- Farmers - recruiters so lazy that they simply do a bulk search, grab your info without reading it, and send you a job that you are clearly not qualified for
- Job-ignorant - I suspect a lot of recruiters simply use on-line tools to match jobs to résumés, because it's clear they don't read their own job copy. If I live in NJ, and a job is in Michigan, and they are looking for only local applicants, do I qualify?
- Used-car salesman - yes, the canned patter recruiting email... how I love them so.
- Do my job for me - of course, since you've done such a lousy job is sending me a job description that clearly doesn't fit me, I'd be more than happy to pass on the job description to my good friends in the tech business. I realize referrals are a great way to drum up business (I made the mistake of trying to sell life insurance), but I really don't think much of passing around jobs unless there's someone I know who is out of work and could use the help, which happens very rarely.
An eventful weekend
So, it was not your typical weekend:
- Went to Boston to see my first ever Red Sox playoff game (got the tickets from a Yankee fan who mysteriously did not want to use them). So of course I get a pretty good game which goes extra innings and sees the BoSox get hammered in the 11th. On the up side, my boys got Steven King's autograph on their tickets, and they met John Kerry (for whatever that's worth these days)
- Saw the aftermath of two pretty bad accidents - one going up to MA, and one coming back. Second one closed I-84 in Connecticut for a while; I suspect they had to bring in a helicopter. One burned out pickup, one car with the roof torn off (no doubt by the jaws of life), and then one wrecked SUV.
- Went to Salem to see the Witch museum and of course, Halloween season was in full swing there. Strangely, I saw quite a few people missing front teeth -- must be where they congregate.
And to top it off, on my way to work this morning I saw a white Dept. of Homeland Security van crusing down the highway and watched a hawk swoop down and kill something by the side of the road. Autumn has definitely arrived.
Non-tech Rant: Blender Magazine 40 Worst Rock Lyricists
OK, I'm going off on a rant here (apologies to Dennis Miller)... I hear something on the radio this morning about Blender magazine's list of the 40 worst lyricists in rock. Number 1 is Sting, and I'm on the fence about that, but then they get to Number 2: Neil Peart, drummer/songwriter for Rush. OK, now you've pissed me off.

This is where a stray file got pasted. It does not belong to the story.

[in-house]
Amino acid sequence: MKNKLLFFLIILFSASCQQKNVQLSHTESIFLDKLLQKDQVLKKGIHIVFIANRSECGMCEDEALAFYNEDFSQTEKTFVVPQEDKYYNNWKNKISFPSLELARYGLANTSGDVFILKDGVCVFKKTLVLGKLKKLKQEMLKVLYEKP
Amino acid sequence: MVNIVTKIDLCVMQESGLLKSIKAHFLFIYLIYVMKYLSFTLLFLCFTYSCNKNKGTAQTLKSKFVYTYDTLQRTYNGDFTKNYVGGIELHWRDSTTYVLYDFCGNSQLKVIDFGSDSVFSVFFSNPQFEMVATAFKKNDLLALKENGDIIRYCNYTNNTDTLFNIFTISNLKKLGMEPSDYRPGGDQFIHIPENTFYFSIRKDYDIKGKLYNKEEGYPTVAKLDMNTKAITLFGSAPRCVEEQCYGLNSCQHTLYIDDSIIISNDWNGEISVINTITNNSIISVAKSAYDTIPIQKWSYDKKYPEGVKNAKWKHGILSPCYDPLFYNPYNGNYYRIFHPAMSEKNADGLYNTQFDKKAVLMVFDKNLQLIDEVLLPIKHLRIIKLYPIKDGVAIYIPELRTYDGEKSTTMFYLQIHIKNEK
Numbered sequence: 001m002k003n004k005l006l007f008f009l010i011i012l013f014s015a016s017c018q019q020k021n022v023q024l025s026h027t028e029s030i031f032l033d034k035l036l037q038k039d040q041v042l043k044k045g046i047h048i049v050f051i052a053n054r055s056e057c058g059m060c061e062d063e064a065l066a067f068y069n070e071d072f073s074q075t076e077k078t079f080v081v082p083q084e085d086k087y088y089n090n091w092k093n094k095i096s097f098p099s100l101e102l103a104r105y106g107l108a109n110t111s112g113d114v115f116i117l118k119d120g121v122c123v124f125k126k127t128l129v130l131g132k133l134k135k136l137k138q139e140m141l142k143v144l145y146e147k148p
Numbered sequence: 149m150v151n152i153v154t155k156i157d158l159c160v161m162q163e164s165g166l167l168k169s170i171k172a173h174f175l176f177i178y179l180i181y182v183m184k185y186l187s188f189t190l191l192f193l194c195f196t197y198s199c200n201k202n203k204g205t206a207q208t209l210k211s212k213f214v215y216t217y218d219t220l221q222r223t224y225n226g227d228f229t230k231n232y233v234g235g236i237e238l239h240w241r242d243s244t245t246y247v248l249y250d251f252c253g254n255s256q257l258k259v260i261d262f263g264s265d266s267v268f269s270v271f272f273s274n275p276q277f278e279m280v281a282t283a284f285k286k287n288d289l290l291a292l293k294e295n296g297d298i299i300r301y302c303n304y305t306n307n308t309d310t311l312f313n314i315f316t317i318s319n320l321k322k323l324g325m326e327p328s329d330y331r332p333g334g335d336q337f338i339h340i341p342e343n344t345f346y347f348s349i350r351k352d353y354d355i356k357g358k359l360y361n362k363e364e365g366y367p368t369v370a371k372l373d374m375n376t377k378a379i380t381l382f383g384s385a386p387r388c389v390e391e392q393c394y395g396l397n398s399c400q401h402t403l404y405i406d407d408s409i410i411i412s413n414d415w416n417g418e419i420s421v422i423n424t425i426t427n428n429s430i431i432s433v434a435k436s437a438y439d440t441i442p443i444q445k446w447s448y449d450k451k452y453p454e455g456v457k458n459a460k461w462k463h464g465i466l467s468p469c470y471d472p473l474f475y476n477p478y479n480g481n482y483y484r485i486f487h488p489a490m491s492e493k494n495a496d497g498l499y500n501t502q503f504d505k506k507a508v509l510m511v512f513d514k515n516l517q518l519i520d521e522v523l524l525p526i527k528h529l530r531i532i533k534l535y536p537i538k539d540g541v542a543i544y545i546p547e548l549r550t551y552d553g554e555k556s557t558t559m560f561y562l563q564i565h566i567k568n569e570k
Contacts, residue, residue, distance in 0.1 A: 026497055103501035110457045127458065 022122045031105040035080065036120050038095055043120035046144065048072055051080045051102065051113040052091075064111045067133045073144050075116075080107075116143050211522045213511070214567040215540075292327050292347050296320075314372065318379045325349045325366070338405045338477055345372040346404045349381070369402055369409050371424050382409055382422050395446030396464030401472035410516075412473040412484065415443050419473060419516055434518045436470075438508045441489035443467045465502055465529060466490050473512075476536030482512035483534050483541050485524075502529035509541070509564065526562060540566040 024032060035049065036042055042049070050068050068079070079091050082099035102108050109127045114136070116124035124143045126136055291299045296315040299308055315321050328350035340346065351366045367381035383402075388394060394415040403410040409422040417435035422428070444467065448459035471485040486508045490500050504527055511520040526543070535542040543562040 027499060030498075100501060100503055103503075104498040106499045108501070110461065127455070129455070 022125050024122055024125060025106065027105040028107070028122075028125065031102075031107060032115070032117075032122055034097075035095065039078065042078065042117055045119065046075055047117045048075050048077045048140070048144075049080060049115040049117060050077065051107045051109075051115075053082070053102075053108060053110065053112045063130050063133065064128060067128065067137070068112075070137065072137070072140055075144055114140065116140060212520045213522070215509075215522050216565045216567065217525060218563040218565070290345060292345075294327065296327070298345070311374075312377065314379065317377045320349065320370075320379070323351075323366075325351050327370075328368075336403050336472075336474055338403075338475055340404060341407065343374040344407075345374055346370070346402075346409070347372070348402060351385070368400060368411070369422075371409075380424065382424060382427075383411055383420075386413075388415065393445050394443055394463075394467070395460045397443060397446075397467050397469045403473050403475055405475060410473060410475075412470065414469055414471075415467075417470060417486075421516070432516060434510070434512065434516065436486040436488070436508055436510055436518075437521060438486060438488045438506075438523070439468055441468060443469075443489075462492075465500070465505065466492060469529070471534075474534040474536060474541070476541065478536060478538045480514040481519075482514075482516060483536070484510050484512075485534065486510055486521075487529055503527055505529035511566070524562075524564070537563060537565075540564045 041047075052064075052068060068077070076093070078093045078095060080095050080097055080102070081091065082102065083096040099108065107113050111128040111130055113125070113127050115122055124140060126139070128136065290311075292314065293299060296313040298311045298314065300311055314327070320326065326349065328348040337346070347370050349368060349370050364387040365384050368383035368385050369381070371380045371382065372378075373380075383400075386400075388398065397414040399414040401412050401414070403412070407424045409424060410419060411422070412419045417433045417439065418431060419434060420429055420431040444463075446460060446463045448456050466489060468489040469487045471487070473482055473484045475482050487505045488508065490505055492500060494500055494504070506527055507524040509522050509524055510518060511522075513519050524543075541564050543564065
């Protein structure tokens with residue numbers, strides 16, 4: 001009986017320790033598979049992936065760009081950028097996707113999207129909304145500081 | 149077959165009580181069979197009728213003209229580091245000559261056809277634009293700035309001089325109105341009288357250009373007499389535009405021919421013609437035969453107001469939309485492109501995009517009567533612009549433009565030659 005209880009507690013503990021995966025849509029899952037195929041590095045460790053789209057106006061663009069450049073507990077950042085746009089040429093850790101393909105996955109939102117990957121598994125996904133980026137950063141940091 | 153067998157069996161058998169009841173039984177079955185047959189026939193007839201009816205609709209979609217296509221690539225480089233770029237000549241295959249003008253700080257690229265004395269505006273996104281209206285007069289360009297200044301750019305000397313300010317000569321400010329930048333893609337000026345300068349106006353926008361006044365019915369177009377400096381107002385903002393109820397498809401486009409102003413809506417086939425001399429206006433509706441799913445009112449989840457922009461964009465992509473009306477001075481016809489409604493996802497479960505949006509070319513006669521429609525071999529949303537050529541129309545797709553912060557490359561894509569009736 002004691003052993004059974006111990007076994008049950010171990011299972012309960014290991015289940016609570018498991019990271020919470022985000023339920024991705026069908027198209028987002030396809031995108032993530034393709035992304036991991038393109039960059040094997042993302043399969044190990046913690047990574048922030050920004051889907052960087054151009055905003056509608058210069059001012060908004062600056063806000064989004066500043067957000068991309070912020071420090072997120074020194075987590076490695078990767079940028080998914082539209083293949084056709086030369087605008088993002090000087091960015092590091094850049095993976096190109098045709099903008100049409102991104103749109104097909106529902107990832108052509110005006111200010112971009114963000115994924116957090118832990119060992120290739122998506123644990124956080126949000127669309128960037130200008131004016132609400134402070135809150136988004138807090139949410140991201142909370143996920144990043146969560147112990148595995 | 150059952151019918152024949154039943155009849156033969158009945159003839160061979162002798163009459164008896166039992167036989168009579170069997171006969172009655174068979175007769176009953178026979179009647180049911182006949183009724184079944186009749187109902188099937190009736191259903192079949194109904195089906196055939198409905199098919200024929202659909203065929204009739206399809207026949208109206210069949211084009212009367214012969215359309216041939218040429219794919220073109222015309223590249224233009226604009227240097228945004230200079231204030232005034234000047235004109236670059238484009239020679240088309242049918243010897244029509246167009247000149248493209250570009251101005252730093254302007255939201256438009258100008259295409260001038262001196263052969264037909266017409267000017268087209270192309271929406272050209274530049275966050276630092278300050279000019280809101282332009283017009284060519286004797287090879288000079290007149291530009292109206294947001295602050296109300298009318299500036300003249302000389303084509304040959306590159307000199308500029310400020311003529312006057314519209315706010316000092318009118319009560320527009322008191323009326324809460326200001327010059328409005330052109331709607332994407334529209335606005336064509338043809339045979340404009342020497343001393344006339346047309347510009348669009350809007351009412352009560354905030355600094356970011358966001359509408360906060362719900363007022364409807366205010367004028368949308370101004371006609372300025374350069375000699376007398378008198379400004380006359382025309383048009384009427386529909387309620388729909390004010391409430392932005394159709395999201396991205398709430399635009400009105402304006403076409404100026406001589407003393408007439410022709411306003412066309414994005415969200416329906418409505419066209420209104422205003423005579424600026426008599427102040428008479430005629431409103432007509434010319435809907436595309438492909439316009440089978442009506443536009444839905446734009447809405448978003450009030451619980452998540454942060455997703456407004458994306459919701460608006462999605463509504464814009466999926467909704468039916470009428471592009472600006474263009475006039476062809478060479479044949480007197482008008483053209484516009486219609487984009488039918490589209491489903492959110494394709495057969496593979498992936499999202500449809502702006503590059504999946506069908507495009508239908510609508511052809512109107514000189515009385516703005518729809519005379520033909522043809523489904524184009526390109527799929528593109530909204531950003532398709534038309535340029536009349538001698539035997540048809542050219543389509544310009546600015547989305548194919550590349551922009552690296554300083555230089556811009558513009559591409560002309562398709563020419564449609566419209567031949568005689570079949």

I take enough flack for liking Rush (my wife doesn't get it, but then I don't get her love of Bruce Springsteen, though she grew up near his house... but I digress...) from those who don't consider them a real band, determine them to be formulaic, and generally have contempt for their music. Like being a Red Sox fan, you learn to live with it. But this just shows how far some people have their head up their ass. While no one will confuse Neil with Shakespeare, the songs he's written over the year have heft and resonance, and he does come up with the occasional turn of phrase that leaves you scratching your head, but then have you listened to some of today's pop tunes or rap songs? It just goes to show that intellectual snobbery is alive and well in the universe, especially when it comes to criticism.
I also found number 10 interesting: Jim Morrison. Now, you can go two ways here: his lyrics can be out there, but the fact is, backed up by the music, he created a lot of powerful stuff. Again, too intellectual for "the critics."
Sulu Reaches New Heights
George Takei is now an astronomical object. Well, his name is anyway. The International Astronomical Union's Committee on Small Body Nomenclature approved the re-naming of asteroid 1994 GT9 to 7307 Takei in honor of the Star Trek actor.
It joins the 4659 Roddenberry (named for the show's creator, Gene Roddenberry) and the 68410 Nichols (for co-star Nichelle Nichols, who played Lt. Uhura). Other main-belt asteroids have been named for science fiction luminaries Robert Heinlein and Isaac Asimov.
Quote of the Day
The nine most terrifying words in the English language are, 'I'm from the government and I'm here to help.'
- Ronald Reagan